Getting a beach volleyball scholarship is a great way to continue playing the sport you love and finance your college education. Scholarships are given to elite athletes who have demonstrated that they have the potential to compete at the highest level. Student-athletes have to go through the recruiting process in order to secure their roster spot and get an athletic scholarship. Take a look at the table below to see the scholarship stats for beach volleyball.
|Division Level||Number of Schools||Average Roster Size||Max Scholarships per School|
* California Community College Athletic Association (CCCAA) is a sports association for community colleges in the state of California.
The NCAA D1 Council adopted legislation that loosened regulation regarding need-based aid and academic scholarships that are not tied to athletic ability. Effective August 1, 2020, teams in equivalency sports like men’s volleyball will not have any athletes’ need- and academic-based aid count against a team’s maximum athletic scholarship limit. Prior to this rule change, athletes had to meet certain criteria for their additional aid to not be counted against a team’s athletic scholarship limit.
Beach volleyball teams will still have a maximum athletic scholarship cap, but student-athletes can seek to add as much need-based aid and academic scholarships as they are able to secure. With school and family budgets being impacted by the coronavirus, this rule change should allow beach volleyball programs that have the funds to extend more money to families and athletes that need it—especially at private universities with higher tuition.
Because beach volleyball is the newest NCAA championship event, there aren’t as many schools offering beach volleyball as other NCAA sports established earlier on. While more schools are planning to add beach volleyball programs over the next several years, the reality is that there is a lot of competition for a limited number of roster spots at this point.
In the table above, the scholarship limit refers to the maximum number of full-ride scholarships that colleges at each division level are allowed to give out. Because beach volleyball is an equivalency sport, coaches are not required to give out full scholarships to their athletes. Instead, they can break up the scholarships however they want.
For example, a D1 beach volleyball school has six full-ride scholarships that they can distribute. However, there are 12 athletes they want to give money to. So, the coach can give a half scholarship to each of those 12 athletes.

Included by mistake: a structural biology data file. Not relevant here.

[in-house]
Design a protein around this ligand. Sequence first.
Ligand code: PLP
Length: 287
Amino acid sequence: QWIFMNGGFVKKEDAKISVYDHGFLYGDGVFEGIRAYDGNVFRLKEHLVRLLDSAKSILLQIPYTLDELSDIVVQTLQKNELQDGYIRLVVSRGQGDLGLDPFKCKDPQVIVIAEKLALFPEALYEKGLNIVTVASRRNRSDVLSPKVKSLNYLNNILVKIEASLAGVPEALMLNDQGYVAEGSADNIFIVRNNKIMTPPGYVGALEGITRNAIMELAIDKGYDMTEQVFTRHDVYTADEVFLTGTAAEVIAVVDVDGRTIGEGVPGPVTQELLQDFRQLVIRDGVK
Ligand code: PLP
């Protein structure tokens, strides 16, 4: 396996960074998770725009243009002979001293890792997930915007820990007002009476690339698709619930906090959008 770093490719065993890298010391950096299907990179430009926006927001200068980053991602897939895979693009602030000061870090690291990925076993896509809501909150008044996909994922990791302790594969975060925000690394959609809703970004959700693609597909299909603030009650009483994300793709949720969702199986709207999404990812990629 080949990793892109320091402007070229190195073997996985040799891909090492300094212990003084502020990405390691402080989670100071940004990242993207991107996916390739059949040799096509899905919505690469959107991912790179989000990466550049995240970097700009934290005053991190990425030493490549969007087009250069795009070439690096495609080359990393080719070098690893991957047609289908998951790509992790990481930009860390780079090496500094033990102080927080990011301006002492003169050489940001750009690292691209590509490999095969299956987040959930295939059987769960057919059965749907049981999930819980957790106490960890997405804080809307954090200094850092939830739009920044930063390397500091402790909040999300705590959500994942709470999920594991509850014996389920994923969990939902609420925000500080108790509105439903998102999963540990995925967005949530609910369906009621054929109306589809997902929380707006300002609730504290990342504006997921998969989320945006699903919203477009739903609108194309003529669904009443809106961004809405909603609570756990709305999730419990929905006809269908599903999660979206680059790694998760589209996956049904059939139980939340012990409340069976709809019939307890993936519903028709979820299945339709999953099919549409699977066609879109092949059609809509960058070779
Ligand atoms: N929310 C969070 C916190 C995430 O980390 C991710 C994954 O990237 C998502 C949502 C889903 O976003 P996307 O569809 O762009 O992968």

Bear in mind that, not every school’s beach volleyball program is fully funded or is able to give out the maximum number of scholarships. Some D1 schools may only have four scholarships to give, so it’s important to develop a good relationship with the coaches recruiting you, and when the time comes to discuss scholarships, you ask the right questions to better understand how scholarships are handled at that particular program.
Many families ask how much the average scholarship is for college beach volleyball. Unfortunately, that’s a tough statistic to pinpoint. The cost of tuition at each college and university is going to range from approximately $20,000 a year to $60,000. Trying to find an average scholarship amount doesn’t account for those differences in tuition. Furthermore, not all athletes receive scholarships all four years of their college beach volleyball career, which is tough to factor in when considering an average dollar amount.
Instead of trying to determine what the average scholarship amount is, we recommend families first figure out how much they are willing to pay for four years of college. Then, as you’re going through the recruiting process, you can compare offers based on your family’s expected contribution, or the amount you will pay out of pocket after you factor in all scholarship dollars.
Lana Simic has 20 years of experience playing collegiate and professional beach volleyball, as well as coaching at the college and club levels. Coach Simic explains that the typical collegiate beach volleyball team will include between 16-22 athletes. Usually, the top four or five pairs will compete in major tournaments, and they will get most—if not all—of the athletic scholarship money available at that school.
However, she points out that programs will often recruit talented incoming freshman who might not play on one of the top five teams their first year or two. But they can work their way up to that point and earn a scholarship as a junior or senior in college. She’s even seen athletes who’ve started out with 50% scholarships as freshman and sophomores bumped up to 100% scholarships their junior and senior year.
Insider tip: If you aren’t able to get the beach volleyball scholarship that you’re looking for, try searching for schools one level lower. Top athletes will always receive more scholarship money than those who are in the middle of the pack.
While D3 schools don’t offer athletic scholarships, most D3 athletes do receive other forms of financial aid. If you’re interested in competing at a D3 school, don’t let the lack of athletic scholarships deter you. Do you have good grades and test scores? You might qualify for an academic scholarship. Have you been involved in extracurriculars and in your community? You might be able to find a merit-based scholarship. And many families do take advantage of need-based financial aid, which is awarded based on factors like household income.
Athletic scholarships aren’t they only way to help pay for your college tuition. There are many other forms of scholarships you can add on in addition to your athletic scholarship if you’re willing to go out and find them.